All-Girls Jazz Band ready for the spotlight

Performing at the Edmonds Jazz Connection
By Brian Soergel | May 17, 2017
Courtesy of: Chris Lindberg College Place Middle School student Vanessa Oxales plays the trumpet.

Professional musicians and talented Edmonds School District high school bands will be hitting all the right notes at the 17th annual Edmonds Jazz Connection. But don’t forget the middle schoolers.

They’ve got chops, too.

Take, for instance, the district’s Middle School All-Girls Jazz Band, performing May 20 during the jazz festival, sponsored by the Edmonds Daybreakers Rotary Club. The band will be part of a full day of performances from nationally recognized and award-winning high school and middle school jazz programs from throughout the Pacific Northwest.

It also highlights numerous student groups that have performed in prestigious competitions nationwide.

Before the Jazz Connection, the Middle School All-Girls Jazz Band performed at the Edmonds-Woodway High School Little Theater. Joining them was pianist and vocalist Dawn Clement, the 2016 Earshot Jazz Instrumentalist of the Year.

Female jazz musicians, some from local high schools, are also serving as mentors to the middle school girls. The band’s instructors are Kate Labiak, College Place Middle School band director; Paige Anderson, freelance trumpet player and Everett School District teacher; and Taryn Zickefoose, freelance jazz drummer and Marysville Middle School band director.

Now in its second year, the band program provides a respectful and positive environment to nurture both the talent and leadership skills of middle school-aged girls in a jazz band setting.

“As evidenced by most high school jazz festivals, collegiate and professional jazz band concerts, there is a blatantly obvious lack of female musicians in the overwhelming majority of these ensembles,” said Rotary Club member Karen Shiveley.

“This is due to a variety of subjective factors: historically hiring practices of male-only musicians in the industry, unintentional gender bias in classrooms, and societal conditioning that does not promote women to take risks.”

Labiak explains how the band came to be.

“As band director for College Place Middle, I often attend the Essentially Ellington Festival in New York and, a few years ago, was amazed to note only boys performing. There was one girl, out of hundreds of student musicians. After a little research, I learned eighth-grade girls often don't make it to high school band because they're intimidated playing in front of boys. Turns out boys are a lot less inhibited.”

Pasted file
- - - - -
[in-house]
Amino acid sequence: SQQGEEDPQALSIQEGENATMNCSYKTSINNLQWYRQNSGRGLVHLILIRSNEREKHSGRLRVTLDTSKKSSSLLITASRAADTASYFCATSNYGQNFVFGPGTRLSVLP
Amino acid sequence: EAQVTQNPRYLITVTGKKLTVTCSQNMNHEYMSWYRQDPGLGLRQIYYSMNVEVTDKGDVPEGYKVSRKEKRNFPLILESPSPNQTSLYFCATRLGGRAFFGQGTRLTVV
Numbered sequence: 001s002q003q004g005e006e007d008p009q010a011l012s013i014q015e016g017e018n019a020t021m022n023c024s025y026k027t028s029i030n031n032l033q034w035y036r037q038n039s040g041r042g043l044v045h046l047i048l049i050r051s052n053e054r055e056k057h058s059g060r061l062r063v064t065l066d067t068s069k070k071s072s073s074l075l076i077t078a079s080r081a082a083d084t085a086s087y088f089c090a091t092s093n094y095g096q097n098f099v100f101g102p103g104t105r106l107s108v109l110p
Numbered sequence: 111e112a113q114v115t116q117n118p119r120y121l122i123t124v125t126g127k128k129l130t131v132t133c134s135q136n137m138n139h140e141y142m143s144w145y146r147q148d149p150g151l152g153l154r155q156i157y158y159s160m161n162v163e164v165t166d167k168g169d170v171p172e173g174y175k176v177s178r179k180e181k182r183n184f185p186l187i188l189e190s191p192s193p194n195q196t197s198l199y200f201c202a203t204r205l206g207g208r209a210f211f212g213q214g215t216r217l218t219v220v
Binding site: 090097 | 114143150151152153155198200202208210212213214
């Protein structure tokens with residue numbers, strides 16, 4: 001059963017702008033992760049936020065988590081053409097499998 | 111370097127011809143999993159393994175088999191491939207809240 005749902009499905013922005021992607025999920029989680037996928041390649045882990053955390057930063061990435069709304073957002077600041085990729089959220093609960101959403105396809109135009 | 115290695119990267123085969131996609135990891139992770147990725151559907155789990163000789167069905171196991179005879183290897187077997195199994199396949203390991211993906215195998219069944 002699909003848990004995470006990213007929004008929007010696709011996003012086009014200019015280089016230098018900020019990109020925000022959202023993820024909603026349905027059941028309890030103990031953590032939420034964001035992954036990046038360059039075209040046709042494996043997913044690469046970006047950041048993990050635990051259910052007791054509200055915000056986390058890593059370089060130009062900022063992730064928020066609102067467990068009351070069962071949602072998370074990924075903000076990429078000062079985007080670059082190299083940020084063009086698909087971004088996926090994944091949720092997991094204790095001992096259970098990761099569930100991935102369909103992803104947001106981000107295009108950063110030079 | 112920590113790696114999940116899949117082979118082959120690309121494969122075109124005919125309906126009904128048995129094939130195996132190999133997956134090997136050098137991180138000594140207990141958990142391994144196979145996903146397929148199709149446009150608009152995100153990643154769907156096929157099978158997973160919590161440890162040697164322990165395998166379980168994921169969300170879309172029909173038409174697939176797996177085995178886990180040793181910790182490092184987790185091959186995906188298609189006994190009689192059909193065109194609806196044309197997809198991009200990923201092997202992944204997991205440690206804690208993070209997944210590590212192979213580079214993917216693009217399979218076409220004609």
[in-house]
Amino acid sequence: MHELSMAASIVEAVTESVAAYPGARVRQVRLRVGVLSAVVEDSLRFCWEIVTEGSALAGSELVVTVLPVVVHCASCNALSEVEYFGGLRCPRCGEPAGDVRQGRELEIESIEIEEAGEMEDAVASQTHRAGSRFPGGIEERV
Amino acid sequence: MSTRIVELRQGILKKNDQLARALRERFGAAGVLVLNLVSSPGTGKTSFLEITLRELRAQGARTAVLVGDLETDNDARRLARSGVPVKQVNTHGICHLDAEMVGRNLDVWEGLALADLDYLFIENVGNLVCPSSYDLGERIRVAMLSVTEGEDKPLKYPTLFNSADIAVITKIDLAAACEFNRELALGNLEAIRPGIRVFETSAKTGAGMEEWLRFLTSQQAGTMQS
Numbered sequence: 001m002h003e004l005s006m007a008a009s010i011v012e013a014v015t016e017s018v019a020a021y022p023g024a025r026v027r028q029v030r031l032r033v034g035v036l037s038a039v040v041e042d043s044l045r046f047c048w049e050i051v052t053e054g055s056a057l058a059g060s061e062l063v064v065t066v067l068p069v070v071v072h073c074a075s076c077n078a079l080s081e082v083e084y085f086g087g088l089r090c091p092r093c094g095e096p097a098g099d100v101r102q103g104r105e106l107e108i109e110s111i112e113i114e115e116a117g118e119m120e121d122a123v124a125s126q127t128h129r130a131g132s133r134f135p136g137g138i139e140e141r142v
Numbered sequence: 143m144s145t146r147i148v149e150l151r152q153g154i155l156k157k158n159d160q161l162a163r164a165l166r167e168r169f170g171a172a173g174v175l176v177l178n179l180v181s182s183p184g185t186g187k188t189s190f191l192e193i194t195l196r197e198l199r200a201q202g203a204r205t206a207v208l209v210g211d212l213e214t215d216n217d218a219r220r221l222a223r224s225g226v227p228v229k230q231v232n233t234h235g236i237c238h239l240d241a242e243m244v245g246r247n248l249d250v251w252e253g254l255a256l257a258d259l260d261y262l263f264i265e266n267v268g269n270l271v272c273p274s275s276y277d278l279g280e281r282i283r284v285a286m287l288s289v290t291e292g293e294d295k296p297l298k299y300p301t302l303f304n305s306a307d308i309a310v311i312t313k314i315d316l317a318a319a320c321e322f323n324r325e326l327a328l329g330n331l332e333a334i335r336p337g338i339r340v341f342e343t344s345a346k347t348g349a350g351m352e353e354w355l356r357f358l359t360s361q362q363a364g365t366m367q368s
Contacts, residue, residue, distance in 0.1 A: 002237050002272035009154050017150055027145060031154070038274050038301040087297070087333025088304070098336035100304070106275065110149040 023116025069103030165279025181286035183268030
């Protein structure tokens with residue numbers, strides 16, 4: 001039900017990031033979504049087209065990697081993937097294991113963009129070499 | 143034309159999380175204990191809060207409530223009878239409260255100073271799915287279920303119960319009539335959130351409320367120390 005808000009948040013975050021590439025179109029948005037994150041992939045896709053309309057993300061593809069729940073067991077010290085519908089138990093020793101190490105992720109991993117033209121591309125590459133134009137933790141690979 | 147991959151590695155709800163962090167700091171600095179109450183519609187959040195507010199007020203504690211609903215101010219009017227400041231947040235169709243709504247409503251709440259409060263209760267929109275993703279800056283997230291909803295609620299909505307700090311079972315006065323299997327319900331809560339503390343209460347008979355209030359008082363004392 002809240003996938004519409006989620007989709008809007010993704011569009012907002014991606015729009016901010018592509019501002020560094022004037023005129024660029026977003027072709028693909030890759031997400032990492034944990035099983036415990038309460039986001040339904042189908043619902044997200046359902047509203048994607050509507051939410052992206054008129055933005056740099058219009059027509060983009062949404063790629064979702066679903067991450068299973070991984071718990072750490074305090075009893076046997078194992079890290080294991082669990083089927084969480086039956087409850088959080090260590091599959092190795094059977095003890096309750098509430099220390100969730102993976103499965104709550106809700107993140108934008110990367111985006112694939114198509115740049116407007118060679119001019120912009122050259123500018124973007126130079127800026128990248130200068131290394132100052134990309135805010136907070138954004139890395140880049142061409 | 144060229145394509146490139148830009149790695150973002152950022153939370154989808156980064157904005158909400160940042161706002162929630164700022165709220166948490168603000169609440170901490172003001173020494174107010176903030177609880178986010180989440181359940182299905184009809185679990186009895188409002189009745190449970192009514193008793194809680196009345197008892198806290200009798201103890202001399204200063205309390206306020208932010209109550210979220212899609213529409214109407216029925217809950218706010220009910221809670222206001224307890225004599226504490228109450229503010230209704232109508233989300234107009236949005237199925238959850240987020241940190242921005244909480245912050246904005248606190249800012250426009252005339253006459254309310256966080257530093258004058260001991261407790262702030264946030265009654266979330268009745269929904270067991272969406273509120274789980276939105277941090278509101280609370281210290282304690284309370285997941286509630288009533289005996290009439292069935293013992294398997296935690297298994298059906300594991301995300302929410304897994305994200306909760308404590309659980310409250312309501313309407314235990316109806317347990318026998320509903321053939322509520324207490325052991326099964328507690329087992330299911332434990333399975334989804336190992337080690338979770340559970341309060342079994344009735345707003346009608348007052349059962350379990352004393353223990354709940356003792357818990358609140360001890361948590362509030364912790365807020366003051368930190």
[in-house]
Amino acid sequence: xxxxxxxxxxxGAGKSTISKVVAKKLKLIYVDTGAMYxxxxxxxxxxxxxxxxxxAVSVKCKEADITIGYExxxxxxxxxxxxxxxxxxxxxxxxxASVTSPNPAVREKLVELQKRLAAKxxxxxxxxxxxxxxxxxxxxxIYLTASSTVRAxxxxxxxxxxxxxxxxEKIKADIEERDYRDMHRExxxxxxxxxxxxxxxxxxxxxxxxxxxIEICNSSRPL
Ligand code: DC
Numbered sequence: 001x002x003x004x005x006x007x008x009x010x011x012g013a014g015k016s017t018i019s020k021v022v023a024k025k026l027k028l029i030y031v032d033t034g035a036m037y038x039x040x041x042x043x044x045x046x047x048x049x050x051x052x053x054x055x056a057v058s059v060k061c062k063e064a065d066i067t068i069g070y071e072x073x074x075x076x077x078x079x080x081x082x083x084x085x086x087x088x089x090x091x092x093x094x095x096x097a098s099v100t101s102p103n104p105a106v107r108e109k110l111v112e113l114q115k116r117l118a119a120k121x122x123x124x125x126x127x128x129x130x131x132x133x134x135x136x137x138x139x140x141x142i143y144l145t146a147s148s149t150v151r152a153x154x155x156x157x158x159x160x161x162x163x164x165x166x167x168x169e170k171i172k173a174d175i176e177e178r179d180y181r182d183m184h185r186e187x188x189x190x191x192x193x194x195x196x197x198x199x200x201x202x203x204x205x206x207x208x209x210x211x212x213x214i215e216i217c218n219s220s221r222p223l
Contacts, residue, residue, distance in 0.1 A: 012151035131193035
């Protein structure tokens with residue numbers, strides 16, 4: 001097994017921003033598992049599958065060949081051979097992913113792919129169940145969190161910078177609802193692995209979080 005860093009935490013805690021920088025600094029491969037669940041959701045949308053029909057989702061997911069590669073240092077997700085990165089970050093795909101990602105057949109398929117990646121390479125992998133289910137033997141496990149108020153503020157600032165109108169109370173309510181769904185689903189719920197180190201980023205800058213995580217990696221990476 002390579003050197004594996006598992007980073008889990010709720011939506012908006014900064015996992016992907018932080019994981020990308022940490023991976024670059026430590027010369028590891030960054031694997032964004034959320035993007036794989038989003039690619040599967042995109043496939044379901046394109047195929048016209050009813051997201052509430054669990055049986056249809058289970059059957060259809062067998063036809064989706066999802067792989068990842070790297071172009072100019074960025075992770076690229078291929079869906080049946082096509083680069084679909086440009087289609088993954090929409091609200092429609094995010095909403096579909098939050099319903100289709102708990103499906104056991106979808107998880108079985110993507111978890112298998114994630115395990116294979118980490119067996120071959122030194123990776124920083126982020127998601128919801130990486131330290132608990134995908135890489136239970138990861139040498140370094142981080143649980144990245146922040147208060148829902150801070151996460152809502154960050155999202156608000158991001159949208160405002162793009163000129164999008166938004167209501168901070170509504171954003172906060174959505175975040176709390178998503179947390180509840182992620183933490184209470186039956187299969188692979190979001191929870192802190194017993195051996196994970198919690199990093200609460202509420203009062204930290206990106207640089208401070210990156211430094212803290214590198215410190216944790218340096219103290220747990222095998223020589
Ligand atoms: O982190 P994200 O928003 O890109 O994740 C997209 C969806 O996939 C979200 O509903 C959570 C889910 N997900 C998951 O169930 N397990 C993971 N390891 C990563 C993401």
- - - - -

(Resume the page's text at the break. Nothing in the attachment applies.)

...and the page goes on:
This year, the 22 girls from all over the Edmonds School District – nominated by their band directors – met on Wednesday nights between March and May.

Thirteen-year-old Vanessa Oxales, a College Place Middle School student, has been playing the trumpet for two years, following in her big brother’s footsteps.

“The band’s quite exciting,” she said. “I already belong to the College Place Middle School Jazz Band, but that's mostly boys.”

Her favorite part of performing? “Playing the melody,” she said.

Oxales plays the French horn, too.

The all-girls ensemble is made possible through the Edmonds Jazz Connection Music Lab program from funds raised through the Edmonds Jazz Connection. These proceeds are designated to fund numerous creative classroom programs like Labiak's.

“We’re really excited to work with the district on the Music Lab program to find and fund these creative classroom opportunities,” said Rotarian and Jazz Connection chairman Chris Lindberg.

“This all-girls ensemble is a fantastic effort. Kate’s group helps assist female music students, pairing them with older accomplished female musicians, and creating an environment to help them access their full potential and build life skills through perfecting their craft.”

The Rotary Club of Edmonds Daybreakers sponsors the 17th annual festival May 20, held at various venues. Big bands, 9 a.m.-5 p.m. at the Edmonds Center for the Arts; chorals, 9:30 a.m.-4:30 p.m. at Holy Rosary Church; combos, 9:30 a.m.-4:30 p.m. at Edmonds Theater. Admission free, but donations will go to educational and scholarship programs. Go to for more information.


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